John Sauld 10/24/2022 at 9:53 am
Is anyone attempting to compare drug responses between an Organ-Chip/spheroid/organoid that models mouse tissue vs the actual in vivo tissue response?
I ask because it was recently suggested that this type of study would be important—maybe even critical—for Organ-Chips to overtake animal models as the gold standard in drug development. This was briefly highlighted in a recent review from Don Ingber, saying:
“There is also increasing recognition of the need to create Organ-Chip models made with cells from other species (for example, rodents, dogs or NHPs) to generate benchmark comparison data that could help pharmaceutical companies and vaccine developers to validate results obtained in these models relative to results obtained in past in vivo studies, and thus become more comfortable with integrating Organ-Chips into their development processes”
On first principle, it makes sense as a way to demonstrate that 3D models are capable of accurately predicting in vivo processes. But, is this necessary given the growing body of evidence that suggests 3D models, when designed well, do accurately represent key features of in vivo tissues?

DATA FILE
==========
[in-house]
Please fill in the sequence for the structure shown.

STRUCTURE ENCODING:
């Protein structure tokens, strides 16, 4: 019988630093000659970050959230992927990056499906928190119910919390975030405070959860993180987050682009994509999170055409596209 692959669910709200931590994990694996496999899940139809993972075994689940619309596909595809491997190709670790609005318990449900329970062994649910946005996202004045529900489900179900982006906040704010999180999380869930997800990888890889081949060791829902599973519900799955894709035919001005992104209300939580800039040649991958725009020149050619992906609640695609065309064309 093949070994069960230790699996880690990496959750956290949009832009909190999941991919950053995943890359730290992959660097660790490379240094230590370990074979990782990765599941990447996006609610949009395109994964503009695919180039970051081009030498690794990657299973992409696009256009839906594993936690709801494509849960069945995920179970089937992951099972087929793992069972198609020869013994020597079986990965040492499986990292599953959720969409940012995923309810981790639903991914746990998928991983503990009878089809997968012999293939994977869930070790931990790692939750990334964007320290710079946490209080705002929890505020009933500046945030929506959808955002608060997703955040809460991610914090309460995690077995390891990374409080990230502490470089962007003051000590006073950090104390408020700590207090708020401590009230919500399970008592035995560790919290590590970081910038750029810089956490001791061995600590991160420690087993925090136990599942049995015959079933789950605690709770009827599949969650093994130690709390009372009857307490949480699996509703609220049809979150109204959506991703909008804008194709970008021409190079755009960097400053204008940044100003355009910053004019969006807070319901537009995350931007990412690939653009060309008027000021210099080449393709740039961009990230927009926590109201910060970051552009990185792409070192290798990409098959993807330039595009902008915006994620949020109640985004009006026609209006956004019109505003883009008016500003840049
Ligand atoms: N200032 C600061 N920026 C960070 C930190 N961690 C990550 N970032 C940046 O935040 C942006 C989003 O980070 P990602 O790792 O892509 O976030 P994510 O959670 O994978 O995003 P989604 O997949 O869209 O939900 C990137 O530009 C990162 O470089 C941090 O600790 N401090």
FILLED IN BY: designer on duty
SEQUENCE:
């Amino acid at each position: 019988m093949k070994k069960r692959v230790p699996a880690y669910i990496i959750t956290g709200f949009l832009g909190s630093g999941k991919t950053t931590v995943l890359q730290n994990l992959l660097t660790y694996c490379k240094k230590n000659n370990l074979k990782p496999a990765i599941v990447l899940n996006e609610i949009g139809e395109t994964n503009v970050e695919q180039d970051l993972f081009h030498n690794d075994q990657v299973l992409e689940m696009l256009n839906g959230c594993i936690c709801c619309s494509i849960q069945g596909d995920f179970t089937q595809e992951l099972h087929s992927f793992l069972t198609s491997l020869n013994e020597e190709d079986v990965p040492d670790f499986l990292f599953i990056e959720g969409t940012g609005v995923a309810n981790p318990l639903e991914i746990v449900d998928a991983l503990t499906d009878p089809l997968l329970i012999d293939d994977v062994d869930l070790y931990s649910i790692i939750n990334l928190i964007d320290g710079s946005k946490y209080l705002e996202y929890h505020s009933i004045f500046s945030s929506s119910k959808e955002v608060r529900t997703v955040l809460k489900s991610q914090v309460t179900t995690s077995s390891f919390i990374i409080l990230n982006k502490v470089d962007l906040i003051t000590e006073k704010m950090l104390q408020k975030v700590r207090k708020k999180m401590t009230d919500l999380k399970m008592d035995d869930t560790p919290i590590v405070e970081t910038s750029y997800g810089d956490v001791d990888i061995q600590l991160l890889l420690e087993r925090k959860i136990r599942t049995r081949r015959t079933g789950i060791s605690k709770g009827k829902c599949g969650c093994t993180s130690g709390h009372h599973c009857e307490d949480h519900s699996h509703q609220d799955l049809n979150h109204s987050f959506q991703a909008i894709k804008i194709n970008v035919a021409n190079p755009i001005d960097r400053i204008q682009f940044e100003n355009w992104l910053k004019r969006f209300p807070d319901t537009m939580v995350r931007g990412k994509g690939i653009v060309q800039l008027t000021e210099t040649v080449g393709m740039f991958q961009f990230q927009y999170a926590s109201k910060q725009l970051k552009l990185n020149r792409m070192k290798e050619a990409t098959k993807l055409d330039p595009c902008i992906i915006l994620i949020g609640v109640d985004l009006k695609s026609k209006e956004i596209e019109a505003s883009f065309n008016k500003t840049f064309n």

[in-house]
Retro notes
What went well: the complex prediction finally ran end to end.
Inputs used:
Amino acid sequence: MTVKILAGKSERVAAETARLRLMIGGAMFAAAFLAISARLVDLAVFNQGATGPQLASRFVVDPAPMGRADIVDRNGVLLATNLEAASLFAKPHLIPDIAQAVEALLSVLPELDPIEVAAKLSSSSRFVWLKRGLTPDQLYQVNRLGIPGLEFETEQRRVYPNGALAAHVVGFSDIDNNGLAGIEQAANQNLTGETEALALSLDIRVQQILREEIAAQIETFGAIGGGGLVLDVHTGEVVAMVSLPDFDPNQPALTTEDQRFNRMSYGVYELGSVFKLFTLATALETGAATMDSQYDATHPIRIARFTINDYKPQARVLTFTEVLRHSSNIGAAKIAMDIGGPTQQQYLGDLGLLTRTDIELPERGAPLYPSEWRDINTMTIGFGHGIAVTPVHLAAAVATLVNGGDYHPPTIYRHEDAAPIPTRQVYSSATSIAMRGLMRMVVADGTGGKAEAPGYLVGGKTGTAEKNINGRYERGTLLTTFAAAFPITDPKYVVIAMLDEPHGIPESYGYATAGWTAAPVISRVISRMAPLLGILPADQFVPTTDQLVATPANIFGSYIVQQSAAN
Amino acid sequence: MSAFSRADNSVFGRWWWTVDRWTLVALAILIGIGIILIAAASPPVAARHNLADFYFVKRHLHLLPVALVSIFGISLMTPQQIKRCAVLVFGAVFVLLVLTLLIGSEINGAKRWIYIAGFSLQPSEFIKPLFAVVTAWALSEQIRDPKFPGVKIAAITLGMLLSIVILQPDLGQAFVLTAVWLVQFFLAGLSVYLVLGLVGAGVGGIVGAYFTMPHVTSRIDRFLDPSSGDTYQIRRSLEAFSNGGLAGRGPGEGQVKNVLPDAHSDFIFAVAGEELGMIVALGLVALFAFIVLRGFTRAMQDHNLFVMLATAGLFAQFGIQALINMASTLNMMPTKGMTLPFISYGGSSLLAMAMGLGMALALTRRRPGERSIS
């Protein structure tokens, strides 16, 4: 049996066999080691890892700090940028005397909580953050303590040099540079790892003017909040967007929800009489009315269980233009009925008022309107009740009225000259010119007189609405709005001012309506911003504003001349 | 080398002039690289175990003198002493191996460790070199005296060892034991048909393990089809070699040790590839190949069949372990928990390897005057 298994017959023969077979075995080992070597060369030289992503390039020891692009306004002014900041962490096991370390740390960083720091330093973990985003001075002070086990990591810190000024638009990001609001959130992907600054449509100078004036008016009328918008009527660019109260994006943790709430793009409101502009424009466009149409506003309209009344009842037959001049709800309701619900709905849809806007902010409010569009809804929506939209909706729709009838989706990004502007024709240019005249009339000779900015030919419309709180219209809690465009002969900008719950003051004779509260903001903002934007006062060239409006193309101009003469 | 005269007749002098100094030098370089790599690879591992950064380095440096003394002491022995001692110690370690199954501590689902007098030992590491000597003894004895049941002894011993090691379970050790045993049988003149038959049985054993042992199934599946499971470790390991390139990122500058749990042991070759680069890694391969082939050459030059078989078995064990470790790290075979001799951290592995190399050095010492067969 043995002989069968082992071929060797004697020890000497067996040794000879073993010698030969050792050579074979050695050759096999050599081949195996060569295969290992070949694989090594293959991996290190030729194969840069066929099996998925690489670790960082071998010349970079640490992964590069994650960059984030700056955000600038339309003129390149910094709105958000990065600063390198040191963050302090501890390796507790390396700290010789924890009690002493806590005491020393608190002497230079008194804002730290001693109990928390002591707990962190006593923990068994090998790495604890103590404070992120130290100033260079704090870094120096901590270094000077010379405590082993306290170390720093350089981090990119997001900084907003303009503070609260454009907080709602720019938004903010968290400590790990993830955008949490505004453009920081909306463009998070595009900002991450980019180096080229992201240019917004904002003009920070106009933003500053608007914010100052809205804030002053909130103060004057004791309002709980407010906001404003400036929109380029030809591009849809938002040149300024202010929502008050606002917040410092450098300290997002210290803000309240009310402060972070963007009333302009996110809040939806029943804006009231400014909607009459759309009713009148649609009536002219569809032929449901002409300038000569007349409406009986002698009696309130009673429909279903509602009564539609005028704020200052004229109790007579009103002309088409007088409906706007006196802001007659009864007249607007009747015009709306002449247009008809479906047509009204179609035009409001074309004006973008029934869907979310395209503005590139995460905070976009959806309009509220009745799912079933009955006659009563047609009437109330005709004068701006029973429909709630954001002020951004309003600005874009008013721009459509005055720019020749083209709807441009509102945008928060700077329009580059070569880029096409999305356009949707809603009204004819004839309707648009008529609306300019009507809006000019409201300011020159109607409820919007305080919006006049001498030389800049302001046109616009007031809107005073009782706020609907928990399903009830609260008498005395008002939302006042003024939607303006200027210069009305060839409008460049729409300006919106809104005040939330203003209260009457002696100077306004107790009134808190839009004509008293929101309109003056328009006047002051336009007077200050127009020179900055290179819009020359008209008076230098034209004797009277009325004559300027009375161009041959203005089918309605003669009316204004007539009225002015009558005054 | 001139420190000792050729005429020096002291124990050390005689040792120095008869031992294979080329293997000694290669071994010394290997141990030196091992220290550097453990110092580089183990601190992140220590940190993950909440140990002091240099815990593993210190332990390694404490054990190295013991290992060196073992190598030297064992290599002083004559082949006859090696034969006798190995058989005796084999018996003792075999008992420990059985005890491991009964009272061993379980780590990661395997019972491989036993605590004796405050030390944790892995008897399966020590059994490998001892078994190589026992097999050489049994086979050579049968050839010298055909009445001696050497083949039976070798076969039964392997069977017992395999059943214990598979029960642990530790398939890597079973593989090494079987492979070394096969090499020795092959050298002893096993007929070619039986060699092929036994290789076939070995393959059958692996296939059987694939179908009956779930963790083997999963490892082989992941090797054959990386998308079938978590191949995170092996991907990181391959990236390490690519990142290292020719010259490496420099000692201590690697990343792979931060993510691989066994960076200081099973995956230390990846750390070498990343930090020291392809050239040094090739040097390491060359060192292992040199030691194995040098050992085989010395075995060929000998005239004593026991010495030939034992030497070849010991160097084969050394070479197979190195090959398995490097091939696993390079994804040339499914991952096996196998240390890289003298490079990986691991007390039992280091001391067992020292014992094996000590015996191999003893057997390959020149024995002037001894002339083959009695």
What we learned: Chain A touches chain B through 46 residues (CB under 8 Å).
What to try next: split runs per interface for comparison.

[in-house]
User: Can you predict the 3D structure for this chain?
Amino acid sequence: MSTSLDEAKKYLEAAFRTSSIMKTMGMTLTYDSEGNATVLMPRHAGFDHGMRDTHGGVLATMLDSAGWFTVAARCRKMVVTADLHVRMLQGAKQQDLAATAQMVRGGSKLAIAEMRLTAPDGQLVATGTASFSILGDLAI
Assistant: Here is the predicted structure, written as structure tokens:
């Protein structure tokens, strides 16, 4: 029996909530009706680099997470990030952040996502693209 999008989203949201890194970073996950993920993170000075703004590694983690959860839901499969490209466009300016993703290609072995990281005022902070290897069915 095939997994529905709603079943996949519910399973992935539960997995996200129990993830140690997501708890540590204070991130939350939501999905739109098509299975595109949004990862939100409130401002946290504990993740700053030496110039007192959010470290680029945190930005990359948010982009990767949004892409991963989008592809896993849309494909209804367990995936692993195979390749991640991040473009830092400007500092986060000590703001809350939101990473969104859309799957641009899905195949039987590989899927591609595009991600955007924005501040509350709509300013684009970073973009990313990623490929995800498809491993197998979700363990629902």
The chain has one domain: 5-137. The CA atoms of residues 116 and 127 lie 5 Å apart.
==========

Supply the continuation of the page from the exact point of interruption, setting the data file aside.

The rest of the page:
I’m curious how important you all think these experiments really are. Is it necessary to build animal-specific models simply to show that 3D systems accurately recreate in vivo conditions? Or do you think there is sufficient evidence for this already?
Lorna Ewart 11/22/2022 at 4:28 am
This is a great question John!
I recently read a paper in Frontiers in Bioengineering and Biotechnology that describes the creation of a murine bone marrow microenvironment (https://www.frontiersin.org/articles/10.3389/fbioe.2022.855777/full). The authors were able to maintain functional hematopoietic stem cells in vitro over a 14 day culture period. The chip recapitulated cell-cell interactions that occur in vivo and open the opportunity for mechanistic investigation of hematologic malignancies. But in response to your question, the authors agree. They end the paper stating that their chip demonstrated that it can be used to validate cellular phenotypes found within in vivo murine leukemic models and proposed that the in vitro environment of a similar human chip model will recreate human in vivo.
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